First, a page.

A Poem Too Small to Keep?

Following my previous post, in which I presented a substantially pared down version of “Thoughts While Sitting Along the Lower Potomac,” a commenter said she liked the first version better and that the new version was a bit too esoteric. Was it too stripped down? Perhaps. Back to the writing tablet for a bit more revising. Here’s the new version, with copy edits noted:


Wind and waves hold power here,
resolute action is tidal.
Fish and crabs know nothing
about the left and right sides of aisles;
partisanship exists only with regard to bait.

Power is in the wind and waves.
Seen as an eagle circles over the water,
felt when easing a hook out of the mouth
of a fish too small to keep.

Rivers and creeks are the corridors
in which history is made;

History is measured in bushels, and in the size
and in the size of jimmies, rockfish, and blues,
rockfish and blues,
and the ones that got away.

The only monuments here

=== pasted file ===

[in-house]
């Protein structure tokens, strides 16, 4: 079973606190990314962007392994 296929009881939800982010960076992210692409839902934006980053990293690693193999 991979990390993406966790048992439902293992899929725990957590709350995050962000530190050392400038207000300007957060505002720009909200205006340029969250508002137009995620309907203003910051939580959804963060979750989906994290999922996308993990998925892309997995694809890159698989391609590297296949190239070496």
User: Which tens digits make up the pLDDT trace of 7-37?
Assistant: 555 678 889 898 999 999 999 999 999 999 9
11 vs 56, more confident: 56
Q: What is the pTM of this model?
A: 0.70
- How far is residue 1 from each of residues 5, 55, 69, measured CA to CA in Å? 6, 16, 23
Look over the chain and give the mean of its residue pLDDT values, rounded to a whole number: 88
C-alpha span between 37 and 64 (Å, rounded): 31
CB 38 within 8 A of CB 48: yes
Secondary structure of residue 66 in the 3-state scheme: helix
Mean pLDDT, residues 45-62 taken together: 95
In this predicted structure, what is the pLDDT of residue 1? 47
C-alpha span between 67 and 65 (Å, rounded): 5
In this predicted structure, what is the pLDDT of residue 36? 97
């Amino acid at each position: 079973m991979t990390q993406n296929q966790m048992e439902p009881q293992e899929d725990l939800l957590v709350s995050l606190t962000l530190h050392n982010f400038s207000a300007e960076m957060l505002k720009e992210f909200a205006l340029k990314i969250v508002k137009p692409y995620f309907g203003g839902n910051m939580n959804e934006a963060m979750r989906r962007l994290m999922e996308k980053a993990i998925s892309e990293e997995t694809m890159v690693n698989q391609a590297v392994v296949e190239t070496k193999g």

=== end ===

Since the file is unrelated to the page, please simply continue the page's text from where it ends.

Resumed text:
are stacks of crabpots,
piles of oyster shells,
an old deadrise sunk in a creek.
Marble is reserved for the graves
of watermen when they no longer
go out in boats at dawn.

There is tranquility here—
found on the river at dawn;
seen as an eagle circles out over the water;
felt when easing a hook out of the mouth
of a fish too small to keep.

We may think all that is important
lies upriver, along grand avenues,
in meeting rooms and marbled halls,
everything flows in this direction;
the lower pulls down the higher,
the way overcomes from below.

Everything flows in this direction.
The way overcomes from below.



2 thoughts on “A Poem Too Small to Keep?

  1. Glad you like it. I’m still not sure what the final version will be. When my wife read this version, she observed that the journal reviewer who provided comments really threw me for a loop. It’s true. The poem had been declined many times, but never before with comments. The reviewer’s comments, though, made me re-think the poem. I don’t think I’m done with it.

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